The saw till

Fixing the mess

I decided to remove all the “dividers” and regroup. After chiseling off a couple in the middle, I used the router plane to level off the surfaces. I then grabbed my ryoba Japanese saw and used the ripping side to quickly remove the rest of the wood. I held a piece of wood against the blade to keep it dead flat. This gives a very good surface, but it is not exactly dead flush as there is a bit of set to the teeth.

I then planed the surfaces to make them even and coplanar. The 3-in-1 shoulder plane made quick work of squaring the edges.

When this was done, I spent a few moments contemplating the situation. How did I mess up this badly? I concluded that the reasons were that I did not have any plans – not even a simple sketch – to work from, I did not plan the job and I did not keep a to-do list. The last point is perhaps the most important one, because I can’t spend time in the shop on a regular basis. Which means that I do forget stuff.

With that in mind, it is clear to me that I have to keep track of what to do next. A simple sketch and writing down what to do next will help me keep track of the tasks.

I have watched countless woodworking videos, and I have read thousands of articles. I have a vast knowledge base, so for example: I knew what to do when I attempted those half blind dovetails. But EXPERIENCE cannot be gained through reading about it. You need to actually do it!

Including making mistakes.

A man who carries a cat by the tail learns something he can learn in no other way.

Taking it to the next level

Perhaps you come across someone saying that being an expert is just to be good at hiding your mistakes well, or something like that? I think that is complete hogwash. FIXING the mistakes well, on the other hand, could be a sign of someone who knows which end of a chisel to grab.

I decided to make new dividers and glue them in, with a bit of space between them. But I wanted the dividers to look a bit posh, so I thought diamonds would look nooice. I started by marking the centerline and a line to plane down to. I set the marking gauge to the depth of the cutouts in the crossbeams.

I planed down to the line while creeping to the center line. Then rinse and repeat for the other side. I scribbled the surface to keep track of where I was taking off material:

After a short while, I had a nice barn-shaped piece of teak!

Chop-chop, and eight divider blanks emerges. I then planed the sides to remove the saw marks.

Time for some diamondization! Resting the plane on the vise jaw, I planed each side until I took a shaving from corner to corner and at the same time kissed the center point.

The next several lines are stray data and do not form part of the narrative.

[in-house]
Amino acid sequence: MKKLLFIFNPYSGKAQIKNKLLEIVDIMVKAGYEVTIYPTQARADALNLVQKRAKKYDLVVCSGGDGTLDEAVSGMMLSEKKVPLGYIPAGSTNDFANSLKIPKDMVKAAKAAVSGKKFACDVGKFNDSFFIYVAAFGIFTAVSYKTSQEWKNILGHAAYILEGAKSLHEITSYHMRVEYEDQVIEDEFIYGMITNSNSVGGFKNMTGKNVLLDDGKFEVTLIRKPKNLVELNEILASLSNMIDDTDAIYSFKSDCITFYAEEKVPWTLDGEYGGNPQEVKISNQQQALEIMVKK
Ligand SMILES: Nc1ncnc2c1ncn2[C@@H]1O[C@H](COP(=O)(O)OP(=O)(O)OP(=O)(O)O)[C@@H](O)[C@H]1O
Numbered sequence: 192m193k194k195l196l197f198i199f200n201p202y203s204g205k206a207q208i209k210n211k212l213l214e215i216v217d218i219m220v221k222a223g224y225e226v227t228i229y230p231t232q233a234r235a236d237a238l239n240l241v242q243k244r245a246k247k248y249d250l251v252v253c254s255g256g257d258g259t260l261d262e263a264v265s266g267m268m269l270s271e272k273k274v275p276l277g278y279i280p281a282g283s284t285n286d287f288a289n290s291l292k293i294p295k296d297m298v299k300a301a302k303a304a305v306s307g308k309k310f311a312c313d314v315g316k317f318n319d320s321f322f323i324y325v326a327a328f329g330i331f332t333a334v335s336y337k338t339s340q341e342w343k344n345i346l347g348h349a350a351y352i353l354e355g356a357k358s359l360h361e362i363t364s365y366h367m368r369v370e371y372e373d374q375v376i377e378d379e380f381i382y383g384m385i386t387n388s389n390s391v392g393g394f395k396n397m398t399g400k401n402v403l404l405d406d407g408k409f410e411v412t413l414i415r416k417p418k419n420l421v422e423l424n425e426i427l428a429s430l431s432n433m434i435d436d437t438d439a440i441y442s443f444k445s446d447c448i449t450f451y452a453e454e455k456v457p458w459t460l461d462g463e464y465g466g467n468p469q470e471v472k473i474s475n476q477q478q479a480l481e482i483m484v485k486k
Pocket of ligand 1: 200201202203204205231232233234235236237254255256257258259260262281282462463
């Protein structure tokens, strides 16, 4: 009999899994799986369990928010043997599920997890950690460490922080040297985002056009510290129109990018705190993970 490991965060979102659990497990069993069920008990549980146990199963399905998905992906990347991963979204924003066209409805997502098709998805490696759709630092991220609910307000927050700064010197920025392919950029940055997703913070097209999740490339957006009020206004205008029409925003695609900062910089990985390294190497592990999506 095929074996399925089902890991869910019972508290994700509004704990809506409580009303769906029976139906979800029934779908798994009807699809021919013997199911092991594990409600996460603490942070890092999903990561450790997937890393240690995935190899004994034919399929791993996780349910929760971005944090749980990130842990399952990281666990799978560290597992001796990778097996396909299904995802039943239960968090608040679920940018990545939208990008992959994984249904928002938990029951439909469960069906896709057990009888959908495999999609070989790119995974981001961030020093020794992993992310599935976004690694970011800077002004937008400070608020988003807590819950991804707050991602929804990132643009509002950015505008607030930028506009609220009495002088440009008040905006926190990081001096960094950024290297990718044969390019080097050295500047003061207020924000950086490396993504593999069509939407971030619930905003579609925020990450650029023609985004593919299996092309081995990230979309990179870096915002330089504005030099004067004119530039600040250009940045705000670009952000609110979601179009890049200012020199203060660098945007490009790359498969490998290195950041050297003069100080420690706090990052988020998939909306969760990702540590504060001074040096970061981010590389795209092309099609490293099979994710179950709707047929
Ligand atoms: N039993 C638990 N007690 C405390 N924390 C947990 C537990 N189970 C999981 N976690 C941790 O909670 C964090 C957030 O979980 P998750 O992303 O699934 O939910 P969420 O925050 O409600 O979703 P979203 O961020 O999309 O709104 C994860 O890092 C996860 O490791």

With all the eight pieces shaped like diamonds, I epoxied them in place using some veneer scraps as spacers.This gave me even spacing across the entire width – four pieces of veneer per slot.

After the epoxy cured, I could test the setup. It worked out VERY well! A bit of cleanup and shaping plus some sanding, and everything should look pretty decent! The diamond shapes actually helps guide the saw blade into the slot, as the ridges draws the eyes towards the slots.

And I think it looks pretty good, too!

For the lower row, I wanted to try something different. I used the marking wheel to scribe the lines around each piece, plus the center line and two lines across. I then planed to those lines to create a chamfer on both ends.

Using a pencil and a ruler, I marked the diagonals to guide me when sawing off the waste.

Sawing to the lines removed the waste in no time – a LOT faster than planing it away. I think, however, it was a lot easier with this diamond pattern, as I had the long center line to guide the cut parallell to the edges. The other pattern would not have been as easy to cut straight, I think.

A quick swipe or three with the plane removed the saw marks. I also cleaned the saw marks on the sides.

One lesson learned here: I should’ve planed the chamfer on the long sides before I cut the pieces. The far right one has a different bevel than the others – in fact, all have slightly different bevels. I will fix that once they all are glued in place, so no biggie.

This is one of the very few examples where I envy the table saw guys a bit. This would’ve been easy to do on a table saw, but would probably have required a jig or a sled of some sort. Oh, well.

I epoxied the pieces in place, taking care to line up the grooves for the saw blades.

Seven pages and counting for a saw till – wow! This was meant to be such a fast and easy build…

On to the next page!

Leave a Reply

Your email address will not be published. Required fields are marked *